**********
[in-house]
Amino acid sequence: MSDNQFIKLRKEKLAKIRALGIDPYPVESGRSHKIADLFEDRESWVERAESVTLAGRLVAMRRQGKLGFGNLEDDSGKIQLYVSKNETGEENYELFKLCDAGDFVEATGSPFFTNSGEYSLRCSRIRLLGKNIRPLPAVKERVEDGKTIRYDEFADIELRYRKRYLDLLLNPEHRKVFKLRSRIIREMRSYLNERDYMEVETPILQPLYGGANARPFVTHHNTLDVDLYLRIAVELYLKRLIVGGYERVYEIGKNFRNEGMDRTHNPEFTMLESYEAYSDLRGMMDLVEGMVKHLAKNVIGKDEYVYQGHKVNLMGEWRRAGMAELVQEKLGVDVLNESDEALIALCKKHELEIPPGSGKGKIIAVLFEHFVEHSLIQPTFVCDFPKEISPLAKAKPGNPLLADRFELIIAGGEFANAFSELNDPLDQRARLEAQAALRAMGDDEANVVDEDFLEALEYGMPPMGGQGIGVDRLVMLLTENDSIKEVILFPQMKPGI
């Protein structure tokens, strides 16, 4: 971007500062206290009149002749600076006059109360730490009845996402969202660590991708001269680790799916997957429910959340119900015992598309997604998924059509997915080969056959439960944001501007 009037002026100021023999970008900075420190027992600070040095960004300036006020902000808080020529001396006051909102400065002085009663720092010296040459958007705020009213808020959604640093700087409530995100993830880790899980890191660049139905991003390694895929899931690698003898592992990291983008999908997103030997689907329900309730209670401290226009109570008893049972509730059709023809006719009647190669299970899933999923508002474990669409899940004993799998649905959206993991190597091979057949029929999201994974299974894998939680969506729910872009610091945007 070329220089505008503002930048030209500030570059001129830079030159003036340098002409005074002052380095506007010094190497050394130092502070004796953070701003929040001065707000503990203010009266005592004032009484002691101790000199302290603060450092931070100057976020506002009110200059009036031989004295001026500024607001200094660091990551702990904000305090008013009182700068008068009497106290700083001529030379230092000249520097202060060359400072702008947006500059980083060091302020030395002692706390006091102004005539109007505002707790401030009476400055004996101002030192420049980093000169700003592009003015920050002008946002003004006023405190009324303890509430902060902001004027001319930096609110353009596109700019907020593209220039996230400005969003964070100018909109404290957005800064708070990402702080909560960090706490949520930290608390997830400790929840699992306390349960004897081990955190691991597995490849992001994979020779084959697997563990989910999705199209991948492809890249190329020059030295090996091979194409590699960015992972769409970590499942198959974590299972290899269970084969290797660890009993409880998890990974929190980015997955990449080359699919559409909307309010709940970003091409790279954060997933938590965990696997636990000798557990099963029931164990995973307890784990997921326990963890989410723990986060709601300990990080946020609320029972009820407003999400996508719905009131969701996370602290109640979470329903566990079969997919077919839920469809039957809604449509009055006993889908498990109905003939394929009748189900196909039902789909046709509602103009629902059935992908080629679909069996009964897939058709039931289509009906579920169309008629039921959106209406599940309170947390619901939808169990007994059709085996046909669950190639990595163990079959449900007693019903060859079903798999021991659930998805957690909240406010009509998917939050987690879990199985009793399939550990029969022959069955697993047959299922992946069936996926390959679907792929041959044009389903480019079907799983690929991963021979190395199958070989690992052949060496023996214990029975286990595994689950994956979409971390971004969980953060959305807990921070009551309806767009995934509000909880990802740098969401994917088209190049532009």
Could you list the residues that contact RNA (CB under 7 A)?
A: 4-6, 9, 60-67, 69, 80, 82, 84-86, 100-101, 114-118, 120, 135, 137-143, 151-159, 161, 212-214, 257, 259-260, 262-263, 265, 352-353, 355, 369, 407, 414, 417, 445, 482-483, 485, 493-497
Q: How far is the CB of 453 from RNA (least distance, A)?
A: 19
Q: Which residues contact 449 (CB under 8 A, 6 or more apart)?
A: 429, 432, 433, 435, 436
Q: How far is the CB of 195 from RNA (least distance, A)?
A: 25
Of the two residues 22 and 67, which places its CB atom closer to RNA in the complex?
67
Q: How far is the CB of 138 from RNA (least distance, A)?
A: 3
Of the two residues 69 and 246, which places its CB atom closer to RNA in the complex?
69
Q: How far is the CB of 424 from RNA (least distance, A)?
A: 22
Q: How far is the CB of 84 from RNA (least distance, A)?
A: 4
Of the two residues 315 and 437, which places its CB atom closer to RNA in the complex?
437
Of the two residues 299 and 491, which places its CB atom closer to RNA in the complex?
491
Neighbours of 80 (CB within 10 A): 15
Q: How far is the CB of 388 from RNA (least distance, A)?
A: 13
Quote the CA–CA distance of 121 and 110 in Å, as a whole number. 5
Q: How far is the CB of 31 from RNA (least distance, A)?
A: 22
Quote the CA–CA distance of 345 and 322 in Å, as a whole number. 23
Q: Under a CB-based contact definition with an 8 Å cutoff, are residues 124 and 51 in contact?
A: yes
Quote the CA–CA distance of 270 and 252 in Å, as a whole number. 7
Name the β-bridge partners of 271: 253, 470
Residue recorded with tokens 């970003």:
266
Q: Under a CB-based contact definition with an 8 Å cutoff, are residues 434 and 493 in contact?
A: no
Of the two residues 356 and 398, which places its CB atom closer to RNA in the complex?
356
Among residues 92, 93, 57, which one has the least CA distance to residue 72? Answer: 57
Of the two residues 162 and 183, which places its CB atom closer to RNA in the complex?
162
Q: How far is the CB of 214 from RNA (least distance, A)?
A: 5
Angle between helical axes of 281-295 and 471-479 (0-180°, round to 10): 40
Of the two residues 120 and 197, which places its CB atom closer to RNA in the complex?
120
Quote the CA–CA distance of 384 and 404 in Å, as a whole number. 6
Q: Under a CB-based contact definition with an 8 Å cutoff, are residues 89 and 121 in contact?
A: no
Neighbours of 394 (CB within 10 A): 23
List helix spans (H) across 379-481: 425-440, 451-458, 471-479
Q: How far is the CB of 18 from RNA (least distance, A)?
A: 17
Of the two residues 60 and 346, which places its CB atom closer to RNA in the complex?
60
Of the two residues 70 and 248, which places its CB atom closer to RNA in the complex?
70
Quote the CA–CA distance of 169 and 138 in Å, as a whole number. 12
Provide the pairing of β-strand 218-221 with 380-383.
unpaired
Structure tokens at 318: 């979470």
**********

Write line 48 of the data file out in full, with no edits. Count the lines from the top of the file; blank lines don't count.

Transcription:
Angle between helical axes of 281-295 and 471-479 (0-180°, round to 10): 40